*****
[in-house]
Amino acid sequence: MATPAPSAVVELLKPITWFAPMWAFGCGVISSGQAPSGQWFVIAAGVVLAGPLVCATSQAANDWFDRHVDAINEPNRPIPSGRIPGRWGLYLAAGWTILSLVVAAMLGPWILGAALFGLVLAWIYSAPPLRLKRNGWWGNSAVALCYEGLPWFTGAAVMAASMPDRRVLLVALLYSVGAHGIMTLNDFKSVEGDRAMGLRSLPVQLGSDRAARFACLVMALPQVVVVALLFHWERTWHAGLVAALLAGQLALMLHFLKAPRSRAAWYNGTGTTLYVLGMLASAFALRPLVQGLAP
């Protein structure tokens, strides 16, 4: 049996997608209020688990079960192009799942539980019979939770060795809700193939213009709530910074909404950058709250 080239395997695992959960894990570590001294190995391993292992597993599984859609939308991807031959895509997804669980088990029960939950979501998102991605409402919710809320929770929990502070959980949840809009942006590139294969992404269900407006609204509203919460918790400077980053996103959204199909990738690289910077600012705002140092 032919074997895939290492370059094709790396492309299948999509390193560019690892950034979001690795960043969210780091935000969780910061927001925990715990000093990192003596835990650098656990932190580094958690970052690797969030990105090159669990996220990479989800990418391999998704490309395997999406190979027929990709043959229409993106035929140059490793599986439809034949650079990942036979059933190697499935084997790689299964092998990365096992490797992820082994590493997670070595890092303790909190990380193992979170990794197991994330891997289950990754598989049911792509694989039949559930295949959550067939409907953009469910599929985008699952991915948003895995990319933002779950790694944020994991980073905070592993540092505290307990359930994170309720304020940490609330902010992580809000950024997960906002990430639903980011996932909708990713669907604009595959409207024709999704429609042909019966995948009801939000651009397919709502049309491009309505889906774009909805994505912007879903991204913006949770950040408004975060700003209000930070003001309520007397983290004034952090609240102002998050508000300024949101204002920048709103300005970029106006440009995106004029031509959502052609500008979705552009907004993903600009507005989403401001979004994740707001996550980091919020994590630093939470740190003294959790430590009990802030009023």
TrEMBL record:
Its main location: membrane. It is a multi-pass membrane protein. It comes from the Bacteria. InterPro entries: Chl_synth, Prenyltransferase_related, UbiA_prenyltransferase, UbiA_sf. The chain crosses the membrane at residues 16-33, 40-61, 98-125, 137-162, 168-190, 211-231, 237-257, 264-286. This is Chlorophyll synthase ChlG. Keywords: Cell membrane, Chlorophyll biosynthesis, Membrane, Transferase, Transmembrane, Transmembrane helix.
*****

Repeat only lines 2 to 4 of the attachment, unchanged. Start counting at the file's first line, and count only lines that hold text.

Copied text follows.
Amino acid sequence: MATPAPSAVVELLKPITWFAPMWAFGCGVISSGQAPSGQWFVIAAGVVLAGPLVCATSQAANDWFDRHVDAINEPNRPIPSGRIPGRWGLYLAAGWTILSLVVAAMLGPWILGAALFGLVLAWIYSAPPLRLKRNGWWGNSAVALCYEGLPWFTGAAVMAASMPDRRVLLVALLYSVGAHGIMTLNDFKSVEGDRAMGLRSLPVQLGSDRAARFACLVMALPQVVVVALLFHWERTWHAGLVAALLAGQLALMLHFLKAPRSRAAWYNGTGTTLYVLGMLASAFALRPLVQGLAP
């Protein structure tokens, strides 16, 4: 049996997608209020688990079960192009799942539980019979939770060795809700193939213009709530910074909404950058709250 080239395997695992959960894990570590001294190995391993292992597993599984859609939308991807031959895509997804669980088990029960939950979501998102991605409402919710809320929770929990502070959980949840809009942006590139294969992404269900407006609204509203919460918790400077980053996103959204199909990738690289910077600012705002140092 032919074997895939290492370059094709790396492309299948999509390193560019690892950034979001690795960043969210780091935000969780910061927001925990715990000093990192003596835990650098656990932190580094958690970052690797969030990105090159669990996220990479989800990418391999998704490309395997999406190979027929990709043959229409993106035929140059490793599986439809034949650079990942036979059933190697499935084997790689299964092998990365096992490797992820082994590493997670070595890092303790909190990380193992979170990794197991994330891997289950990754598989049911792509694989039949559930295949959550067939409907953009469910599929985008699952991915948003895995990319933002779950790694944020994991980073905070592993540092505290307990359930994170309720304020940490609330902010992580809000950024997960906002990430639903980011996932909708990713669907604009595959409207024709999704429609042909019966995948009801939000651009397919709502049309491009309505889906774009909805994505912007879903991204913006949770950040408004975060700003209000930070003001309520007397983290004034952090609240102002998050508000300024949101204002920048709103300005970029106006440009995106004029031509959502052609500008979705552009907004993903600009507005989403401001979004994740707001996550980091919020994590630093939470740190003294959790430590009990802030009023």
TrEMBL record: